SYDNEY • Energy giant Royal Dutch Shell's plan to buy Britain's BG Group faced its first regulatory hurdle after the Australian competition agency said the deal could reduce natural gas supply to local customers and boost prices.
A decision on granting approval has been delayed until November by the Australian Competition and Consumer Commission (ACCC).
The US$70 billion (S$98 billion) deal announced in April has to be approved by the ACCC as well as Chinese regulators, and would make Shell the world's second-largest oil and gas company.
But ACCC chairman Rod Sims said the takeover could see Shell direct the gas reserves of Australian firm Arrow Energy - which it has a 50 per cent interest in - to BG's liquefied natural gas (LNG) facilities in Queensland state, which might weaken the incentive for Shell to feed gas to the domestic market and boost prices.
The regulator said domestic supply agreements probably would not be sufficient to underpin the development of the Arrow gas resources and the firm would want to obtain "high-volume, long- term contracts", given the significant costs to tap the reserves.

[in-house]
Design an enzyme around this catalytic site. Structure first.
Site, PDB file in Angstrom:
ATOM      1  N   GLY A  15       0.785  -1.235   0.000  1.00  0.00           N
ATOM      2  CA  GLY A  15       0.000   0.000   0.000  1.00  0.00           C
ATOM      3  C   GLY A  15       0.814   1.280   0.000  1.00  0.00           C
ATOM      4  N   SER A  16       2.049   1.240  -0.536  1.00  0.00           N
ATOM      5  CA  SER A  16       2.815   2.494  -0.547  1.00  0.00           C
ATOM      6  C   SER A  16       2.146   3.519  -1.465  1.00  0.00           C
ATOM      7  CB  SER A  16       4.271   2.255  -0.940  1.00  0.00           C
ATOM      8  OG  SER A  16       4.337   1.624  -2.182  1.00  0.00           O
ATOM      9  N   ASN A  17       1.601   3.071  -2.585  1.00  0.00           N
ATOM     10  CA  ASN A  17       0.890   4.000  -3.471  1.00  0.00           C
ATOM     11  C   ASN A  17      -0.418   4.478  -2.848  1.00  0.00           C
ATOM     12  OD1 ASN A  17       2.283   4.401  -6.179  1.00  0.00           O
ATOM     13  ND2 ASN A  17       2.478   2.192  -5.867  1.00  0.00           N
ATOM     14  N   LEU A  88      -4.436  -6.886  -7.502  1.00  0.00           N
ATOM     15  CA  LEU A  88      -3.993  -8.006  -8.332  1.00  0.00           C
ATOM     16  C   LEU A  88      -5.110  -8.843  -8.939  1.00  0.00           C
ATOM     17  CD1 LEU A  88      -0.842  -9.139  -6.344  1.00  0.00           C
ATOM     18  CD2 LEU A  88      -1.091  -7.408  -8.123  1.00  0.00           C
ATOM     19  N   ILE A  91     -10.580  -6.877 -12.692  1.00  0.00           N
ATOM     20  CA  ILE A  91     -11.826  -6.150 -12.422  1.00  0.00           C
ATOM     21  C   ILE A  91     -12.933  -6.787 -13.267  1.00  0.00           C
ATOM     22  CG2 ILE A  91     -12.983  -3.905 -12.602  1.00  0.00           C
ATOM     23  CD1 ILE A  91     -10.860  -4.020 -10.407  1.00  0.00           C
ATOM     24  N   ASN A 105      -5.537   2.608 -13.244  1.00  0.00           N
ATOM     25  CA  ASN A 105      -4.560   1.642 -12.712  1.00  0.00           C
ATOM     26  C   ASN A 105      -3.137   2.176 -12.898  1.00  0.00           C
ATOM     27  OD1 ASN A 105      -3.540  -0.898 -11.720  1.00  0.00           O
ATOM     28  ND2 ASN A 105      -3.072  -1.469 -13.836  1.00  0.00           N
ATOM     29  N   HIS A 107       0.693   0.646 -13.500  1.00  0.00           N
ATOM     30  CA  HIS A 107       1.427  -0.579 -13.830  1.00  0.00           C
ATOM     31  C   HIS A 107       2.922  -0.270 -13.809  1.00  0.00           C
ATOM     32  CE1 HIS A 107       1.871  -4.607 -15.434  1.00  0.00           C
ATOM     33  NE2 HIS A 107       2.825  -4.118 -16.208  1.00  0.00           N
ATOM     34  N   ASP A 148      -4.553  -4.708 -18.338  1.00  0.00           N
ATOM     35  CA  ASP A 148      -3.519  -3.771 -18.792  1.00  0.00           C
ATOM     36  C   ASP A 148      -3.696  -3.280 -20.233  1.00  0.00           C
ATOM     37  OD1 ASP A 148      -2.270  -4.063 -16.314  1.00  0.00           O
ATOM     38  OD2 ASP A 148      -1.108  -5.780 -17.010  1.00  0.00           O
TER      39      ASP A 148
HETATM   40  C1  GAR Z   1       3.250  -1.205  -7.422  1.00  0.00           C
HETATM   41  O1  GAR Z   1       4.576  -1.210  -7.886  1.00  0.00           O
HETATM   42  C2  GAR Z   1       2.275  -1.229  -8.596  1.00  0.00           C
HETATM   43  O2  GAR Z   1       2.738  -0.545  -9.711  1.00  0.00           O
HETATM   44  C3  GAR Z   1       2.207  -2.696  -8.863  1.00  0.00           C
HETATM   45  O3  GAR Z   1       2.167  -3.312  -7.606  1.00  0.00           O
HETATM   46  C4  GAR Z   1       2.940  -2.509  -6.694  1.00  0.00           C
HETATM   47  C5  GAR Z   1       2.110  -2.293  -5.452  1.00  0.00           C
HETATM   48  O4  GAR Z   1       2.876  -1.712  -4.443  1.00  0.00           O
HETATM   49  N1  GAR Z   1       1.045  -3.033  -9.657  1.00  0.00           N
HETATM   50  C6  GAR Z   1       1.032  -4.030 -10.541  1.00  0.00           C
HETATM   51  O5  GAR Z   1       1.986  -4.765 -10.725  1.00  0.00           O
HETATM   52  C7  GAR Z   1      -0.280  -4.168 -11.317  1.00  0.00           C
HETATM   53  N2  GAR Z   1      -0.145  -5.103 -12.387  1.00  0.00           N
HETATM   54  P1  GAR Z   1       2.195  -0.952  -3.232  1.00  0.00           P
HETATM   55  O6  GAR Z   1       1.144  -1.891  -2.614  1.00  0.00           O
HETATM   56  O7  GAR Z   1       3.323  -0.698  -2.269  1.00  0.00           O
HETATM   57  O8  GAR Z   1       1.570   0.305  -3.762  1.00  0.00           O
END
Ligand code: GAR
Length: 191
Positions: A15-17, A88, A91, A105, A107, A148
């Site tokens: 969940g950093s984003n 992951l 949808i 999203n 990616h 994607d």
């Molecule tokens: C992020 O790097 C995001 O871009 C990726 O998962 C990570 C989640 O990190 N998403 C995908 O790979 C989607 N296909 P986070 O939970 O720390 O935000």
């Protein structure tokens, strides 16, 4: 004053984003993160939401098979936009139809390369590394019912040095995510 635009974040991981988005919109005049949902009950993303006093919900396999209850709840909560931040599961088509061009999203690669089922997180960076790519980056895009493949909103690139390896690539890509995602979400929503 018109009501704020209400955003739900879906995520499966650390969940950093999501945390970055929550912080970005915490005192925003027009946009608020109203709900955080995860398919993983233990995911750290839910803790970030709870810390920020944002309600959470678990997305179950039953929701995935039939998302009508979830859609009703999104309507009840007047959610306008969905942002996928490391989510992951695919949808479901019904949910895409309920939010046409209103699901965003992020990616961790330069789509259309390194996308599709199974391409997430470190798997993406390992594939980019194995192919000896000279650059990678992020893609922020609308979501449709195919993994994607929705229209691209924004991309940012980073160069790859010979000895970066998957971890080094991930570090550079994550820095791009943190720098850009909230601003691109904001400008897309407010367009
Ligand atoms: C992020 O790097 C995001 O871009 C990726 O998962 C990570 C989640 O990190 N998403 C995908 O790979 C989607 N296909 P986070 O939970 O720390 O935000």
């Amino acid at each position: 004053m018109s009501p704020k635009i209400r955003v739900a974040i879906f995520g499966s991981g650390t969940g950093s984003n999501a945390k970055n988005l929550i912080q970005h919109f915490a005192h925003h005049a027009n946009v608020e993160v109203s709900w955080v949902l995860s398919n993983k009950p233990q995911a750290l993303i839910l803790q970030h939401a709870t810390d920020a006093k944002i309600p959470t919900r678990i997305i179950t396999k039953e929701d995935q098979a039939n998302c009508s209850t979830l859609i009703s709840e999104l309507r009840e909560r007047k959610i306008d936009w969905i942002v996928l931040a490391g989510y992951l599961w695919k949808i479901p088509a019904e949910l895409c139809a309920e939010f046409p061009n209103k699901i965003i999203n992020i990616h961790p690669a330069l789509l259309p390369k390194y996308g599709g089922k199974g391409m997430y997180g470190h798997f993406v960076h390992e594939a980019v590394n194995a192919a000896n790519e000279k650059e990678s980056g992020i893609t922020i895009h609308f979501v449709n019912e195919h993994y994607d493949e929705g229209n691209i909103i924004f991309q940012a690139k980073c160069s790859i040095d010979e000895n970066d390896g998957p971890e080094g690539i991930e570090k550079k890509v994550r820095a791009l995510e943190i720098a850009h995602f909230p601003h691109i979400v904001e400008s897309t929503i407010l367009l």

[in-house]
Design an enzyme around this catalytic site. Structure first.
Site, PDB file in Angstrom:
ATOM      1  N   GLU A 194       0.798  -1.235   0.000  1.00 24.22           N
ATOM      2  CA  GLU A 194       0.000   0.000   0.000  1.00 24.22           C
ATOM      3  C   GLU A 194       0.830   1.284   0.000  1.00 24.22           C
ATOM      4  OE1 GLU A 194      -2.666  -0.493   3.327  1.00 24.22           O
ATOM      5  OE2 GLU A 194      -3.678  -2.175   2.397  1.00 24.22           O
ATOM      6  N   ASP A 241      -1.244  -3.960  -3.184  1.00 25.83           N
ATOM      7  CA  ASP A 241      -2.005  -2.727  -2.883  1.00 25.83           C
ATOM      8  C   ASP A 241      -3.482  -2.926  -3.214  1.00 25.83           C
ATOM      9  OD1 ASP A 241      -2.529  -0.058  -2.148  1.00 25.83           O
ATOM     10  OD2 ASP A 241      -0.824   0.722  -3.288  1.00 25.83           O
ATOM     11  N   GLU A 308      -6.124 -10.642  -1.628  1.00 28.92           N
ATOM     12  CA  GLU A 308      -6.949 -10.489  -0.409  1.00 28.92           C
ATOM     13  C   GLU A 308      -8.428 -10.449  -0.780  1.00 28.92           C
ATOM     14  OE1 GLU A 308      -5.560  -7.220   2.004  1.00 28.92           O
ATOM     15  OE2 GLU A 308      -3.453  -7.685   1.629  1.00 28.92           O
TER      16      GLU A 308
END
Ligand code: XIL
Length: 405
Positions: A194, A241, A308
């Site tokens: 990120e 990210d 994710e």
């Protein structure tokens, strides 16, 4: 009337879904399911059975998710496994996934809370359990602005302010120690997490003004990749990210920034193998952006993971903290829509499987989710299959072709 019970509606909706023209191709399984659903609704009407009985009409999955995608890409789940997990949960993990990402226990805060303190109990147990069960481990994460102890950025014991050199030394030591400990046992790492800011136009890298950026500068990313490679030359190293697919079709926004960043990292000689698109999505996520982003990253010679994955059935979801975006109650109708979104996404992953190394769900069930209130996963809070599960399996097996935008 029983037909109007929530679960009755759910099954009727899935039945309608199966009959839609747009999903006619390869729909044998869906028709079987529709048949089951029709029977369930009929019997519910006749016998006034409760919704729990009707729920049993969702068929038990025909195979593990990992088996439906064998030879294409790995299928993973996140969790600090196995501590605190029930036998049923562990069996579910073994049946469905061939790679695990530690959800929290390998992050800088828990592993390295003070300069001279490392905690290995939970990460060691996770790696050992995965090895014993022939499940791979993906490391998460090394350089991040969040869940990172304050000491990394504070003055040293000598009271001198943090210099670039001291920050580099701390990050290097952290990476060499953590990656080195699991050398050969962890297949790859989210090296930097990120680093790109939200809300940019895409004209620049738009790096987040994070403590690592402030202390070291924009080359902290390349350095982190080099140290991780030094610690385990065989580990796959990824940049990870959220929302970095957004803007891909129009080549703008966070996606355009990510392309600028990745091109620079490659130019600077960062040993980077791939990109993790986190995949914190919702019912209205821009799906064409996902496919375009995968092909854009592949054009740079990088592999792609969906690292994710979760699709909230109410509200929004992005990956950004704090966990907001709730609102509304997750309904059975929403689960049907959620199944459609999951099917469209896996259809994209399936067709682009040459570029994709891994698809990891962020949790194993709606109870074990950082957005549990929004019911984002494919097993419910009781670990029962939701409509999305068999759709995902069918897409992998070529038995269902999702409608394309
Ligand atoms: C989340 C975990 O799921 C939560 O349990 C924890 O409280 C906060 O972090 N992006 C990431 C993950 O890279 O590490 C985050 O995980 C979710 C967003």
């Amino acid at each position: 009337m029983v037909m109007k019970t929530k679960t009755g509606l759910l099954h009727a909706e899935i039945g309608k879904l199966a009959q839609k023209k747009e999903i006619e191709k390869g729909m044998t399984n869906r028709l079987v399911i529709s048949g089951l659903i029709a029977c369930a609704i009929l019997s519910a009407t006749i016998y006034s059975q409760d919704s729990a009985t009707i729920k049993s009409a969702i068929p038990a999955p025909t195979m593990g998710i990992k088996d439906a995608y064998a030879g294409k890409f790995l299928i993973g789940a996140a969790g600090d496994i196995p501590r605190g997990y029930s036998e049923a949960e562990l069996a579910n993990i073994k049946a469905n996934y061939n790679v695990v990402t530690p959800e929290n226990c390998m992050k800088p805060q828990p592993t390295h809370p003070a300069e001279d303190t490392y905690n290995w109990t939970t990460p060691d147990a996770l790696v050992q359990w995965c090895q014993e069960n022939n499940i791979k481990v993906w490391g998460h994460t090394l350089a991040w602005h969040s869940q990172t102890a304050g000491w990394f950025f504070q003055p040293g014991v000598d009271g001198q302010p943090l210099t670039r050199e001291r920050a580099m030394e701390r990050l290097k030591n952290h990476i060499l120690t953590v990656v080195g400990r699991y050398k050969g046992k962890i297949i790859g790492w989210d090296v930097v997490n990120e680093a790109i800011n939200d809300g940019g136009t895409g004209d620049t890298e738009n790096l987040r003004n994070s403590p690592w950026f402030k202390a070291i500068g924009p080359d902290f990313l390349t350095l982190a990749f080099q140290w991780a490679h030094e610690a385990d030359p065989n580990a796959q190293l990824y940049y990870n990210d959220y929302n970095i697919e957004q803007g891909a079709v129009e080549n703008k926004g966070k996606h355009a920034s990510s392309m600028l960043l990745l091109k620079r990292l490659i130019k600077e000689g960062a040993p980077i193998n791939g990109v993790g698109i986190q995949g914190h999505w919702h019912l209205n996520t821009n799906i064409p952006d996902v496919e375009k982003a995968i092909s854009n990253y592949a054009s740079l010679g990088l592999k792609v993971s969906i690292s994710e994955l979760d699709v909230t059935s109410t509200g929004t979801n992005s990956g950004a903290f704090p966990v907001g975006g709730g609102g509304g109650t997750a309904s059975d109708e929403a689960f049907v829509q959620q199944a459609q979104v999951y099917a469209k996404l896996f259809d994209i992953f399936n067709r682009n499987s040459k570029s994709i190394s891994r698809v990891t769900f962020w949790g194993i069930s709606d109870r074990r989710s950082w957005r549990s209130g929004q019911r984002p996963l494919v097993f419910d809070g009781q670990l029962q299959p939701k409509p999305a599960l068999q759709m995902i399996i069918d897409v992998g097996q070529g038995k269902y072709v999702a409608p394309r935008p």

The competition regulator has invited further submissions on the Shell deal and plans to make a final decision on Nov 12.
Shell has won approvals from the United States, Brazil and the European Union. The Australian regulator has been studying the transaction in the context of a broader review of the gas market on the country's east coast.
"The impact of the deal on the local gas market in the US, Brazil and Europe is nothing like it is in Australia and so there's greater scrutiny," Mr Richard Griffith, an oil analyst at brokerage Canaccord Genuity in London, said by phone. "The regulator wants more information and Shell is saying there's enough gas to supply the local market and export."
The BG deal is on track to be completed in early 2016, Shell's Australian unit wrote in an e-mailed response to Bloomberg yesterday. The companies will continue to work closely with the regulator on the review, according to the statement.
Shell's B shares, the most widely traded, fell 0.1 per cent to 1,669.50 pence as of 10.20am in London (5.20pm Singapore time). BG rose 0.2 per cent to 1,017.50 pence.
BLOOMBERG, AGENCE FRANCE-PRESSE